Moreover, the basic structural orientation of the compounds determines the antioxidant activity of phenolics, such as how easily a hydrogen atom from a hydroxyl group can be donated to a free radical, and the ability of the compounds to support an unpaired electron (Roginsky, 2003). The position of hydroxyl groups seems more important than their number for the antioxidant capacity of phenolics; for example, hydroxyl groups in the ortho position of the B ring can greatly enhance the antioxidant capacity, such as in catechins (Rice-Evans et al., 1996). The berries exhibit good antioxidant capacity mostly because they possess these special phenolic compounds. The dominant phenolic compounds identified in this study were phenolic acids, catechins (flavanols), and proanthocyanidins (condensed tannins). Proanthocyanidins contain the oligomers and polymers of catechins, but further confirmation is needed using additional analytical tools and methods. Tannins and flavanols contain a variety of phenolic hydroxyl groups and show the strongest antioxidant capacity and free radical-scavenging activity among around a hundred phenolic compounds (Rice-Evans et al., 1996; Chun et al., 2003; Cai et al., 2004). Phenolic acids also have a high antioxidant capacity, which decreases in the order: protocatechuic acid>caffeic acid>p-hydroxybenzoic acid>ferulic acid>vanillic acid>p-coumaric acid (Rice-Evans et al., 1996; Li et al., 2009). These three major groups of phenolic compounds are likely to be the most significant contributors to the total antioxidant capacity of the berry samples tested in this study. Higher levels of anthocyanidins (peaks 10 and 11 in Fig. Fig.3)3) were detected in the blueberries than in the blackberries and strawberries, which was consistent with the total anthocyanidin content assay. Comparing the height and area of the peaks in Fig. Fig.3,3, the highest concentrations of proanthocyanidins (peak 6) were detected in the blueberries, which had the highest TEAC value (14.98 mmol Trolox/100 g DW). Although the strawberries contained phenolic acid constituents similar to those in the blackberries, few proanthocyanidins were detected in the strawberry sample, which might explain its lower antioxidant activity.
Although there have been some previous studies on the phenolic compounds in berryfruits, none have included the identification of phenolic compounds in blueberries, blackberries, or strawberries cultivated in Nanjing, China. Our study indicated that berries grown in Nanjing had phenolic constituents similar to those from other sources. Hosseinian and Beta (2007) reported that the Saskatoon berry and wild blueberry in Canada contained higher amounts of delphinidin 3-glucoside, malvidin-3-glucoside, and malvidin-3-galactoside. We also found blueberries with high levels of malvidin-3-glucoside and malvidin-3-galactoside in our samples from Nanjing. Céspedes et al. (2010) detected gentisic acid, ferulic acid, gallic acid, p-coumaric acid, sinapic acid, 4-hydroxybenzoic acid, delphinidin, cyanidin, vanillic acid, delphinidin gallate, gallocatechin gallate, quercetin, rutin, myricetin, catechin, epicatechin, and several glycosides of anthocyanidins in Chilean wild blackberry. We found most of these compounds in the cultivated blackberries from Nanjing. Delphinidin, cyanidin, ellagic acid, myricetin, quercetin, and their glycoside derivatives were the most abundant components of strawberries from Spain (Pallauf et al., 2008). In our strawberry samples from Nanjing, we found all these compounds except delphinidin. Though qualitative and quantitative variabilities of phytochemicals were confirmed in berries of different genotypes and cultivation conditions (Tulipani et al., 2008), the main phenolic categories found in the same species from different places were generally consistent.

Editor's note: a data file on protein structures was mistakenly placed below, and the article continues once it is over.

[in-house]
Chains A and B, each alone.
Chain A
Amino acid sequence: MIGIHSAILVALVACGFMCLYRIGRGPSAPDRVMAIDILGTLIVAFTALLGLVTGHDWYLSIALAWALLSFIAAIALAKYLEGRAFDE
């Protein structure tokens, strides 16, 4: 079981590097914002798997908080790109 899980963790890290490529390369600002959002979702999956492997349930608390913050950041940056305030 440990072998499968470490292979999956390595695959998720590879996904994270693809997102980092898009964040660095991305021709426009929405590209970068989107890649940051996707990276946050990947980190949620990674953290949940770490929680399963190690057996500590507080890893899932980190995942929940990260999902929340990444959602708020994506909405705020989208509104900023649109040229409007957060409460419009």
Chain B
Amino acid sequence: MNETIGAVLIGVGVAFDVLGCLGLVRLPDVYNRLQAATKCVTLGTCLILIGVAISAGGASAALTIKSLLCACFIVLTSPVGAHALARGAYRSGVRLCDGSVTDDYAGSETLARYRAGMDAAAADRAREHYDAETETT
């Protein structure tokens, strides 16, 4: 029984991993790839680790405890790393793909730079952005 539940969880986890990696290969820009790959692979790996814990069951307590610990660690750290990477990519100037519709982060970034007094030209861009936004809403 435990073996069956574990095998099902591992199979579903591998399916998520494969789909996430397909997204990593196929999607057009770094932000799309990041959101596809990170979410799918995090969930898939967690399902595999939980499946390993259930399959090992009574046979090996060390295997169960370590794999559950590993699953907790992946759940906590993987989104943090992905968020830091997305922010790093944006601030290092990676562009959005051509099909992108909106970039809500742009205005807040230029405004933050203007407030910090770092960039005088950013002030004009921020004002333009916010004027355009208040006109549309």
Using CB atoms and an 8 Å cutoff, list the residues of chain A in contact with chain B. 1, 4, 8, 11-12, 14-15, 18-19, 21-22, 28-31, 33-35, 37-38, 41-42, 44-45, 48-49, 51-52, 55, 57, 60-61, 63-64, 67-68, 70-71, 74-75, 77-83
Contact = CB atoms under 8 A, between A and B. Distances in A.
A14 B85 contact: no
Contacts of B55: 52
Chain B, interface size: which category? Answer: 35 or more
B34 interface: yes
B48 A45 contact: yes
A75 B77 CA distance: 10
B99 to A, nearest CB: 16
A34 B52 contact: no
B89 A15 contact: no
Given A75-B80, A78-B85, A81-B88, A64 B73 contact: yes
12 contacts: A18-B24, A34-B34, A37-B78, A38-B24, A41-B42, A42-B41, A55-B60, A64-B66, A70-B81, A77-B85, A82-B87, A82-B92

Blueberries, blackberries, and strawberries cultivated in Nanjing exhibited potent antioxidant capacity and contained a variety of phenolic compounds. The results showed that the blueberries had the strongest total antioxidant capacity, and also had the highest TPC, TFC, and TAC. Preliminary HPLC analysis of berry samples detected a series of phenolic acids, various types of flavonoids, and tannins (mainly proanthocyanidins). The blueberries had particularly high levels of anthocyanidins and proanthocyanidins, which may be responsible for their very strong antioxidant activity. However, further structural identification of proanthocyanidins (containing the oligomers and polymers of catechins) is required. Generally, high levels of the phenolic compounds responsible for high total antioxidant capacity are found in these berries. Consumption of the berries can provide a good source of antioxidants and nutrients, and therefore they may have potential for use in the development of nutraceuticals or as functional food ingredients of benefit to human health.
*Project supported by the Jiangsu Provincial Agricultural Technology Independent Innovation Fund (Nos. cx(10)441, cx(10)231, and cx(11)4027) and the Jiangsu Provincial International Technology Cooperation Fund (No. BZ2009025), China